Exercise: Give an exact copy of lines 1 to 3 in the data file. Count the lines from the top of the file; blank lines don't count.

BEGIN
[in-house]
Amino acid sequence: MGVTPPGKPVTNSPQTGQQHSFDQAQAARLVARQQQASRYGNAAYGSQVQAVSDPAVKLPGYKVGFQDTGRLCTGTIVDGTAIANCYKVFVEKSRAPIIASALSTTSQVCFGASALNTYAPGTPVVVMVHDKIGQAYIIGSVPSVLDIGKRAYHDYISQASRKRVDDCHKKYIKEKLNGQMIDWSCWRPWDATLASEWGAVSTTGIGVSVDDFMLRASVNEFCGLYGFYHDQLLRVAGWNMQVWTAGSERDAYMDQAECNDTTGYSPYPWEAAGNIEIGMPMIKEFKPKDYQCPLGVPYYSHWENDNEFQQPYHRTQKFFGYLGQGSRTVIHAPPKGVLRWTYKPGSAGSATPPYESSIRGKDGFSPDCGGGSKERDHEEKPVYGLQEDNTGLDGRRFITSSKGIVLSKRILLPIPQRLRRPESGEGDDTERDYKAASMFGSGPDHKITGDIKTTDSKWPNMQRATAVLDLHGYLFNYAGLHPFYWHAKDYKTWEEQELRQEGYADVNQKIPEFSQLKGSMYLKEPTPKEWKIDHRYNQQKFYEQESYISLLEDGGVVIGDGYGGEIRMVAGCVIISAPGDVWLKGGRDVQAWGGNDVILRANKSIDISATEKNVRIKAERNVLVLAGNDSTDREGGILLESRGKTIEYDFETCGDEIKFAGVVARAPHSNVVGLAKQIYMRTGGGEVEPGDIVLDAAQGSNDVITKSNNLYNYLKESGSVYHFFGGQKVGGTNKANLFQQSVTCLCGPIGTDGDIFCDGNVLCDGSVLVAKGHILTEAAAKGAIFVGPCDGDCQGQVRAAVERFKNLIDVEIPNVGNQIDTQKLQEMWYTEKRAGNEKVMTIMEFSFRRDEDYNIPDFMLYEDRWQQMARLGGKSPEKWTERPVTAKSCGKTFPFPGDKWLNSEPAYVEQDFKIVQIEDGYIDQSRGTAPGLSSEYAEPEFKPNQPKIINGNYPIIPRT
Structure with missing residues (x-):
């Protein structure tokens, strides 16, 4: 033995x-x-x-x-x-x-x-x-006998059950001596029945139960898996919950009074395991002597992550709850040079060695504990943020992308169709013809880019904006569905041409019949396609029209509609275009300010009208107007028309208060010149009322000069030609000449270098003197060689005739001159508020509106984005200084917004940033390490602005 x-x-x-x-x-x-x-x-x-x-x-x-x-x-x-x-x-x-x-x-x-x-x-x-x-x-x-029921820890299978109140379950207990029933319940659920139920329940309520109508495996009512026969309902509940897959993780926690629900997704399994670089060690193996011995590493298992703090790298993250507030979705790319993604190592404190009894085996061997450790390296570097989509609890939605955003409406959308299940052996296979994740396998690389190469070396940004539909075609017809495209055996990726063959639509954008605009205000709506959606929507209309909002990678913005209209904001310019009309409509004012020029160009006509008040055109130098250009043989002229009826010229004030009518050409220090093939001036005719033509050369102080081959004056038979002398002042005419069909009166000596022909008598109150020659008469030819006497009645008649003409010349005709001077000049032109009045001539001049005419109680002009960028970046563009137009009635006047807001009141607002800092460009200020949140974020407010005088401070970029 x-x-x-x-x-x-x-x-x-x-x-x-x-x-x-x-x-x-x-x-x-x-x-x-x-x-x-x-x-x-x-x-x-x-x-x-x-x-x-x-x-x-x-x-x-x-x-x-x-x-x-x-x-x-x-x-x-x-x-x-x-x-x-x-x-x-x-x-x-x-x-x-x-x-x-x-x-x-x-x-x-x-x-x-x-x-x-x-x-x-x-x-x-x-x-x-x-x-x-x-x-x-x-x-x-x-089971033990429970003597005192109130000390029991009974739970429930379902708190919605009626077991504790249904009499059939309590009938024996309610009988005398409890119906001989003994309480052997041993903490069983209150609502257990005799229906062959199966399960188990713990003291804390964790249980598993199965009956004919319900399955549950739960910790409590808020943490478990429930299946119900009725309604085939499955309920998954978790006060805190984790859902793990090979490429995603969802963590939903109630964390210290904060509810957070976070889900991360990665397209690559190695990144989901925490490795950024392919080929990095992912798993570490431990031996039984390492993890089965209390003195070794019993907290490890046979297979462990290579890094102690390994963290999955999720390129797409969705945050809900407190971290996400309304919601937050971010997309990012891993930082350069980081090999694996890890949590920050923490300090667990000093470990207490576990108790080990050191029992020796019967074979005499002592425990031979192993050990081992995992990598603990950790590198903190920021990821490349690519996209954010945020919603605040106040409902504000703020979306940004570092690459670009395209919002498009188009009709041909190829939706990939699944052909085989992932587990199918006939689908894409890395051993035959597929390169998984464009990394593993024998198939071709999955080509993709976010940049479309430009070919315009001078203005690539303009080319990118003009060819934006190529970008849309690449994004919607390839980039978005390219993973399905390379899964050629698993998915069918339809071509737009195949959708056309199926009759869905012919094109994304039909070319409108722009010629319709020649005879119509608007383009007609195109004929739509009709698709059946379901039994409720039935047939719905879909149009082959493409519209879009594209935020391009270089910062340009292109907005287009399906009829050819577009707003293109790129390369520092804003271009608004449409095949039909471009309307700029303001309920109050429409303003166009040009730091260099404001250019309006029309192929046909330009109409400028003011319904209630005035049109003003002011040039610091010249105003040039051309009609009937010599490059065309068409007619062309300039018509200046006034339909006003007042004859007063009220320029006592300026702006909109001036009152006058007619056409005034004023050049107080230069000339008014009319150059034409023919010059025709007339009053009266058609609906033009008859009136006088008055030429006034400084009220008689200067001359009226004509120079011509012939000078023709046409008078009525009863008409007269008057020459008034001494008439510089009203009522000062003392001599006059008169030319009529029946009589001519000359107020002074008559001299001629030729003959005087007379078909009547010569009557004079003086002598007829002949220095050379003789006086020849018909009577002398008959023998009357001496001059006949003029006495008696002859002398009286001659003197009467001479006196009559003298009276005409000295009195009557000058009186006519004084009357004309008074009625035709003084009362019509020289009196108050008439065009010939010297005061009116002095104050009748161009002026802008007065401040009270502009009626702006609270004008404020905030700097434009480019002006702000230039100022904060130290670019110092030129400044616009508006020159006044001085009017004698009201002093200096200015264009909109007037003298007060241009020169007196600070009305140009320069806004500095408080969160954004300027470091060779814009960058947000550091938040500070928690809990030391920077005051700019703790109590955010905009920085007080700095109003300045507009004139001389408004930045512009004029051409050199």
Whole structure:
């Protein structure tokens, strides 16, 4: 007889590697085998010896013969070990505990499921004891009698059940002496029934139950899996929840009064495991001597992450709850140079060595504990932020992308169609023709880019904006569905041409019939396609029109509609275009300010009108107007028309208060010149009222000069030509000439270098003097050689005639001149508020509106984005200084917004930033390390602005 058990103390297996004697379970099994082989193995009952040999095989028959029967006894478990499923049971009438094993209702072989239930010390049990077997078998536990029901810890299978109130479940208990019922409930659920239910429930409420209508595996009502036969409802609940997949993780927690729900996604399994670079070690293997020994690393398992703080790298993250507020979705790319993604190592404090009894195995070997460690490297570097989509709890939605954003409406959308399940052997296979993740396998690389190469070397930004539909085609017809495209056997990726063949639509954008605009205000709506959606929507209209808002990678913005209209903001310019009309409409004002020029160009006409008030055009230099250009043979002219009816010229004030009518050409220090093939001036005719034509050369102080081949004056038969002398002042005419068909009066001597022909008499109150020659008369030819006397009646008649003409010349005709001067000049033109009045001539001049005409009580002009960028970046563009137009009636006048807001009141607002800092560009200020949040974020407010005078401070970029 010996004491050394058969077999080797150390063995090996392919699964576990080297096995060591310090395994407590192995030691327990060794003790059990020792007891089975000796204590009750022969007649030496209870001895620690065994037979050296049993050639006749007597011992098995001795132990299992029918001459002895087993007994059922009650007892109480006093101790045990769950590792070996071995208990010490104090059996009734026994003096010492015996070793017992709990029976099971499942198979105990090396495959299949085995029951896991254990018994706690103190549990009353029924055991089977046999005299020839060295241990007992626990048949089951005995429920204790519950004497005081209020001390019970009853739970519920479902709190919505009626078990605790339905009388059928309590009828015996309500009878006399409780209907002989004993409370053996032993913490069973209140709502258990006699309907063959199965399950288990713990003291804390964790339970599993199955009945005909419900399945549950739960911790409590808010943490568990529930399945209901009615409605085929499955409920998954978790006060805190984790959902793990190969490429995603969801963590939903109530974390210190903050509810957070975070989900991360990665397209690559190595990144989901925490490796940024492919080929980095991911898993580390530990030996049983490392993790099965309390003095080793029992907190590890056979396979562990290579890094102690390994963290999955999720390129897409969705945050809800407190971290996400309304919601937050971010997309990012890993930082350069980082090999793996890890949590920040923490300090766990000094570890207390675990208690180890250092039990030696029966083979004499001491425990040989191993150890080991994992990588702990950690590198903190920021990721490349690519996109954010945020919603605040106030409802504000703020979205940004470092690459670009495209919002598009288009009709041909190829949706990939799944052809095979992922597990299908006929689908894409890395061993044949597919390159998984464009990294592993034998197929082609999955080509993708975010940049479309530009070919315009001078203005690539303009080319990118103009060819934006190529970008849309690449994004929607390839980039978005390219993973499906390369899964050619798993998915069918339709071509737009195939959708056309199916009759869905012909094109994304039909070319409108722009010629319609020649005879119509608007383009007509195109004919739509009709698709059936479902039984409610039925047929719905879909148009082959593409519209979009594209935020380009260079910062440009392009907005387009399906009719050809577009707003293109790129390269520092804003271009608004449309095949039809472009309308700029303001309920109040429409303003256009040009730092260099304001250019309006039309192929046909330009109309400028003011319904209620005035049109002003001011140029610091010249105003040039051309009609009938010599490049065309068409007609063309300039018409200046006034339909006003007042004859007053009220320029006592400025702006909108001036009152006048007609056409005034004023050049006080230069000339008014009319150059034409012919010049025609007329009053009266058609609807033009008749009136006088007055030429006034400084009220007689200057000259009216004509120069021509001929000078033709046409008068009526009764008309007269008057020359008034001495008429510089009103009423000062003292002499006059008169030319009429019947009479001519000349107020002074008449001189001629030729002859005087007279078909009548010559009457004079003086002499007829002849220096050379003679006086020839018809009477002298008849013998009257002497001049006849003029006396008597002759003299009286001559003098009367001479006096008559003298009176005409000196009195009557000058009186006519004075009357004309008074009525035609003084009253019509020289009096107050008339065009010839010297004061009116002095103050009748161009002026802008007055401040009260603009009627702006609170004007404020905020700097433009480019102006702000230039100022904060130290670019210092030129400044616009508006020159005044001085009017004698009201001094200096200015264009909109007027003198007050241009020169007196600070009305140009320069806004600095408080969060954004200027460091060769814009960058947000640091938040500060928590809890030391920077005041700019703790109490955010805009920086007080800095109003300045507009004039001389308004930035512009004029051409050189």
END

[in-house]
Amino acid sequence: MGVTPPGKPVTNSPQTGQQHSFDQAQAARLVARQQQASRYGNAAYGSQVQAVSDPAVKLPGYKVGFQDTGRLCTGTIVDGTAIANCYKVFVEKSRAPIIASALSTTSQVCFGASALNTYAPGTPVVVMVHDKIGQAYIIGSVPSVLDIGKRAYHDYISQASRKRVDDCHKKYIKEKLNGQMIDWSCWRPWDATLASEWGAVSTTGIGVSVDDFMLRASVNEFCGLYGFYHDQLLRVAGWNMQVWTAGSERDAYMDQAECNDTTGYSPYPWEAAGNIEIGMPMIKEFKPKDYQCPLGVPYYSHWENDNEFQQPYHRTQKFFGYLGQGSRTVIHAPPKGVLRWTYKPGSAGSATPPYESSIRGKDGFSPDCGGGSKERDHEEKPVYGLQEDNTGLDGRRFITSSKGIVLSKRILLPIPQRLRRPESGEGDDTERDYKAASMFGSGPDHKITGDIKTTDSKWPNMQRATAVLDLHGYLFNYAGLHPFYWHAKDYKTWEEQELRQEGYADVNQKIPEFSQLKGSMYLKEPTPKEWKIDHRYNQQKFYEQESYISLLEDGGVVIGDGYGGEIRMVAGCVIISAPGDVWLKGGRDVQAWGGNDVILRANKSIDISATEKNVRIKAERNVLVLAGNDSTDREGGILLESRGKTIEYDFETCGDEIKFAGVVARAPHSNVVGLAKQIYMRTGGGEVEPGDIVLDAAQGSNDVITKSNNLYNYLKESGSVYHFFGGQKVGGTNKANLFQQSVTCLCGPIGTDGDIFCDGNVLCDGSVLVAKGHILTEAAAKGAIFVGPCDGDCQGQVRAAVERFKNLIDVEIPNVGNQIDTQKLQEMWYTEKRAGNEKVMTIMEFSFRRDEDYNIPDFMLYEDRWQQMARLGGKSPEKWTERPVTAKSCGKTFPFPGDKWLNSEPAYVEQDFKIVQIEDGYIDQSRGTAPGLSSEYAEPEFKPNQPKIINGNYPIIPRT
Structure with missing residues (x-):